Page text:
Let’s get real on social media right now


Pretending that the lockdown is an #amazing opportunity for personal growth is destructive.

Because it isn’t.

It’s a global pandemic.

It’s awful.

And pretending that it is actually a time for making #banana bread, spending wonderful meaningful time as a family, learning to macramé in Japanese or writing an inspiring novel about making gluten-free treats with home-grown coriander, can be downright harmful.

Because, no matter how hard people are pretending that they are not fighting with their family members, worrying about how they will pay their mortgage and wrestling with anxiety and depression — the reality is that they are.

In fact, the more that people pretend that these things aren’t happening, the surer we can be that they are. When we pretend (and we all do it) that this isn’t the case, we do everyone a disservice. Because it makes us feel even worse about ourselves. And when one is in the middle of a global pandemic/economic collapse, the last thing one needs is to feel worse about things.

During an actual, real, total crisis, we need to acknowledge that just surviving it is something of an achievement. As my mother is fond of saying: “Sometimes, survival is victory”. Which is true. 

It’s not as if during the World War II Blitz that Londoners, who were being bombed every night, made themselves feel bad because they weren’t doing Tai Chi with their children every morning or baking tasty vegan treats as the V2 rockets destroyed Islington. That gritty bunch was what everyone calls the “Greatest Generation” — so it seems a bit ambitious to hold ourselves to that standard.

Social media has, as we all know, been a well-documented cause of anxiety, depression and low self-esteem over the past decade. When we place the best 1% of their lives (or an entirely imaginary 0% of our actual lives) online, our friends/network mistakenly assume that our entire life is something like that. And, as has been documented hundreds of times over, then feel worse about their own lives.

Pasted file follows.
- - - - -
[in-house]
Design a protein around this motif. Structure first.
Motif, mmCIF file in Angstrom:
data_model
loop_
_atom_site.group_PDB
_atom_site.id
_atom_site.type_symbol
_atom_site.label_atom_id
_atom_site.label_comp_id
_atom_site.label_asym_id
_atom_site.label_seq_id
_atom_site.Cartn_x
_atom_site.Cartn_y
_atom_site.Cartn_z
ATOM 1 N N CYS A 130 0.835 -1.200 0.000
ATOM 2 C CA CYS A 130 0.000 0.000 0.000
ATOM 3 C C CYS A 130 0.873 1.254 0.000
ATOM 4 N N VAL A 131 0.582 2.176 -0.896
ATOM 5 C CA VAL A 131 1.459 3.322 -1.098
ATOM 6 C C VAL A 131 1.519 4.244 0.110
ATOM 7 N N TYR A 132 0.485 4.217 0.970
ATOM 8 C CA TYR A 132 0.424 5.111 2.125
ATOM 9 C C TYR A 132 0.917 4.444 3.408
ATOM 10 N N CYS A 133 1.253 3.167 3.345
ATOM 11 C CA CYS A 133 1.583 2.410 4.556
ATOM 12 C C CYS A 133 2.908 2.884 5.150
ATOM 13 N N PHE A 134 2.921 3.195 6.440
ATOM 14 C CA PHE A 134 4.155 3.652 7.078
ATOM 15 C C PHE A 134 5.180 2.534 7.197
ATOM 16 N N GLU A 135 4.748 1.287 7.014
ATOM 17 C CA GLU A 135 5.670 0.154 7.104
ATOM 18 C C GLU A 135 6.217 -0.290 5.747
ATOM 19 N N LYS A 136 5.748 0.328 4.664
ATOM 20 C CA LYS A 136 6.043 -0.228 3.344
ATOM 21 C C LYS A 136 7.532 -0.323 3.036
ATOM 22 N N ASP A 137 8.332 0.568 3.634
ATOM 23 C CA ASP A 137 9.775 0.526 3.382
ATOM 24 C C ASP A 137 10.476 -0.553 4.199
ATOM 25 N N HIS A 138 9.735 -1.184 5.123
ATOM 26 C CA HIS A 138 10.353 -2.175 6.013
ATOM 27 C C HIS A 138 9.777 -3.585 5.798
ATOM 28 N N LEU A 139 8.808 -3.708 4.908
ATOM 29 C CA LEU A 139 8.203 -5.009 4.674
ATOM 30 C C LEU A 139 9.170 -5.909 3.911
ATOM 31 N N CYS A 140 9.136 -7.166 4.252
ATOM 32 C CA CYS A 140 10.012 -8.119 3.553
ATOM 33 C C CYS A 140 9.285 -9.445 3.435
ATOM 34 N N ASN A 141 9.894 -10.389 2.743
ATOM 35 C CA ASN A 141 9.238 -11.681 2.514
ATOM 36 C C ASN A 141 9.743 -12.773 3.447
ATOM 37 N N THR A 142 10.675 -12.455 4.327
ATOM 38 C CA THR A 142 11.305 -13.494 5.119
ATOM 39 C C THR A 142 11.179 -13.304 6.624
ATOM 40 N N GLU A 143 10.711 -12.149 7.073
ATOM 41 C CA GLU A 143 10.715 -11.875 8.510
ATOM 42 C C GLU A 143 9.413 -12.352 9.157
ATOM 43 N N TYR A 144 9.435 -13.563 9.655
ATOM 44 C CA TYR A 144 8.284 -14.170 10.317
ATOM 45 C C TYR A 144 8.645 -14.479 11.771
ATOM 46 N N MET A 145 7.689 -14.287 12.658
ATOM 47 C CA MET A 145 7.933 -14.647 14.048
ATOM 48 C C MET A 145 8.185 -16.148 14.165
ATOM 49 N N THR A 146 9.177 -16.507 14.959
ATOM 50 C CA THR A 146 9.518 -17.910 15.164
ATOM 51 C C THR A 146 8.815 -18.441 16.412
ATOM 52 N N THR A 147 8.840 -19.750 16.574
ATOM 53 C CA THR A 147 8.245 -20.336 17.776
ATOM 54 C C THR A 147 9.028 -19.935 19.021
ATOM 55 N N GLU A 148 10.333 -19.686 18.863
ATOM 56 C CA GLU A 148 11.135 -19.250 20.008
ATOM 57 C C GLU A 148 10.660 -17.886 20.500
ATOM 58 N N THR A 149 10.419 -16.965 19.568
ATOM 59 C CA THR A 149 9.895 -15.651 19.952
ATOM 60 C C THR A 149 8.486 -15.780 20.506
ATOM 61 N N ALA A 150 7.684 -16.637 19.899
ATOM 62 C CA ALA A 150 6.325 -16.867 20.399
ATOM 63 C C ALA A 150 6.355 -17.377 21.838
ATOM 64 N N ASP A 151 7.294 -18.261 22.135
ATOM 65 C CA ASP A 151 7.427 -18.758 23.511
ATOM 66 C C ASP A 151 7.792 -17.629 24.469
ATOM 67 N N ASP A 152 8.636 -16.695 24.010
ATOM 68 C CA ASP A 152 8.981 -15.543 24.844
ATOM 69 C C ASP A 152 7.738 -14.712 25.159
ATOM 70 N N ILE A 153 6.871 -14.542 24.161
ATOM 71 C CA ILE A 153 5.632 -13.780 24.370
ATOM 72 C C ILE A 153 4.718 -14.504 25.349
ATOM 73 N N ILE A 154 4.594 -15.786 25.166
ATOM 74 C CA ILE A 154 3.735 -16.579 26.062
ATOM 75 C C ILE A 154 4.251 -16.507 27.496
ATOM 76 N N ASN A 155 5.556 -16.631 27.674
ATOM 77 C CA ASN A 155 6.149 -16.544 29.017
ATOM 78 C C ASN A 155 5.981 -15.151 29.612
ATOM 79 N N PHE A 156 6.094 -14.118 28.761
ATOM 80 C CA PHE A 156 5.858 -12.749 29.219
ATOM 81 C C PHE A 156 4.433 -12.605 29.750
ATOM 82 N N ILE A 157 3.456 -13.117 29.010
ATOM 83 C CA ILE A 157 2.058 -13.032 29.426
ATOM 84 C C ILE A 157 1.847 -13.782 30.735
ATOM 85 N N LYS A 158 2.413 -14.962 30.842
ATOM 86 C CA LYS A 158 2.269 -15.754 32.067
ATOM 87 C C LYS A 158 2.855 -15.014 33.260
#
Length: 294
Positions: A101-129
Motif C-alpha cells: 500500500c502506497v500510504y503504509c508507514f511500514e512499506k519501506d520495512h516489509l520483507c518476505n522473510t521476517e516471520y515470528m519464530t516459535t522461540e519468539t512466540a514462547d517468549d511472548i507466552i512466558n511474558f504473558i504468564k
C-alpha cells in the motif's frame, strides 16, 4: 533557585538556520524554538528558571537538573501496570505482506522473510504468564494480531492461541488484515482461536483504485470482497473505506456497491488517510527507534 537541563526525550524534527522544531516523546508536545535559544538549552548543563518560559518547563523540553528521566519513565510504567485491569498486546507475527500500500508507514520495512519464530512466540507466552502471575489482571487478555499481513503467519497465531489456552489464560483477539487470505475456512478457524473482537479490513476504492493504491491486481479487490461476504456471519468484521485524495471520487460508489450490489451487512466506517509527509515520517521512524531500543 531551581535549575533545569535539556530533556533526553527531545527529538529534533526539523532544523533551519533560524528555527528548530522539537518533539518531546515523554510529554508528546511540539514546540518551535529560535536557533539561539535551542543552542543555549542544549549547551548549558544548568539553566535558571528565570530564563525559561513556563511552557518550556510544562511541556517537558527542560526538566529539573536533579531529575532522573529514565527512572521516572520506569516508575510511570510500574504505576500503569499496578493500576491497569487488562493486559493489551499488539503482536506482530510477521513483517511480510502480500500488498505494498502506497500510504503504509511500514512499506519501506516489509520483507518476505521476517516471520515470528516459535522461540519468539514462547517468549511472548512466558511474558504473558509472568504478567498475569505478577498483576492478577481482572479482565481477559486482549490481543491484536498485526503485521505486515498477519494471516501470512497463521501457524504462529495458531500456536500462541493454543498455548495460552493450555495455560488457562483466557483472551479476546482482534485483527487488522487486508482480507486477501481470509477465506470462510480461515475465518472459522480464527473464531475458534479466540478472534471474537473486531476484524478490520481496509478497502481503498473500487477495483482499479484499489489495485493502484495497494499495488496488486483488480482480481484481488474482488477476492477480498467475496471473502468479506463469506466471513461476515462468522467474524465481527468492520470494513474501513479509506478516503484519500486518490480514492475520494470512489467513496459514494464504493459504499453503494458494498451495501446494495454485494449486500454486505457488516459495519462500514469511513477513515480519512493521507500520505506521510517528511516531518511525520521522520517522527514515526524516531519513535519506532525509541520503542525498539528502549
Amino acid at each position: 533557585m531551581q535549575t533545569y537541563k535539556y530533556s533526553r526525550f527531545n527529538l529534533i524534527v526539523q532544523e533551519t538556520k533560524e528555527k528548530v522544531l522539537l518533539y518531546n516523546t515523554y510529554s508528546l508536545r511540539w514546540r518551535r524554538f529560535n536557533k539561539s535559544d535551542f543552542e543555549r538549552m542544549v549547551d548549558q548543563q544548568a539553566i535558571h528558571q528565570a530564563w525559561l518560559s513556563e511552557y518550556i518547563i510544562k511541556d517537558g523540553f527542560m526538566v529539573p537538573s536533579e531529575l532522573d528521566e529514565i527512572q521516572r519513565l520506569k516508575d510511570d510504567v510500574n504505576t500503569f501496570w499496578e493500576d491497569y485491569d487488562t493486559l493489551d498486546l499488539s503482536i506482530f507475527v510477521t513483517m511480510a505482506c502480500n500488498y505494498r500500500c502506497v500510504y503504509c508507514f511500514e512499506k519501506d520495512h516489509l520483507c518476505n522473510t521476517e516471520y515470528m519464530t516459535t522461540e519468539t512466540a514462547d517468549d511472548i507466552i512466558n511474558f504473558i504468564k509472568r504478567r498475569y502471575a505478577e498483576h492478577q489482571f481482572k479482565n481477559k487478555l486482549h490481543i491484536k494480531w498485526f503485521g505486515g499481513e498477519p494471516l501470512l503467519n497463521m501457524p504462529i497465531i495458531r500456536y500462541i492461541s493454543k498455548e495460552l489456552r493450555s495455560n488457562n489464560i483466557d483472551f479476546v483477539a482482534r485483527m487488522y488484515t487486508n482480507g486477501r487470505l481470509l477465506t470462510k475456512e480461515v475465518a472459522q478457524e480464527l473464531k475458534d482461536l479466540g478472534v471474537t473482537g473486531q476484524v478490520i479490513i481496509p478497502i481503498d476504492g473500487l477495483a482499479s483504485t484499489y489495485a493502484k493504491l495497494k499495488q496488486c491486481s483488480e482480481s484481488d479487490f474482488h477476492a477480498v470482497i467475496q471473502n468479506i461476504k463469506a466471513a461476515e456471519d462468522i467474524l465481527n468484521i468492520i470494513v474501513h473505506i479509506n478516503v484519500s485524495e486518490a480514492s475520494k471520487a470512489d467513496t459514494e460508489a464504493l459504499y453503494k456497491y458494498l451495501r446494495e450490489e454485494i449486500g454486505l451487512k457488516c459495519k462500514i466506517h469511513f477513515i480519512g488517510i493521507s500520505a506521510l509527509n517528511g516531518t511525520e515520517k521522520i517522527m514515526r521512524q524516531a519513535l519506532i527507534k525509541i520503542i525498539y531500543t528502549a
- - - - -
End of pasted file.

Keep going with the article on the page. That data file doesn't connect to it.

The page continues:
Psychologically it is poisonous at the best of times and, it seems reasonably safe to say, right now is not exactly the best of times, making behaviour like that doubly destructive.

So, perhaps one thing that can come out of the disaster/debacle/horror show that is coronavirus, could be more honest use of social media. Maybe we shouldn’t only be uploading the best 000.1% of our life, or the part that we desperately want to pretend is true when it isn’t. Maybe we should be sharing what our lives are really like – the good, the bad and also the ugly. Especially right now.

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John Davenport
John Davenport is the chief creative officer of Havas Southern Africa.

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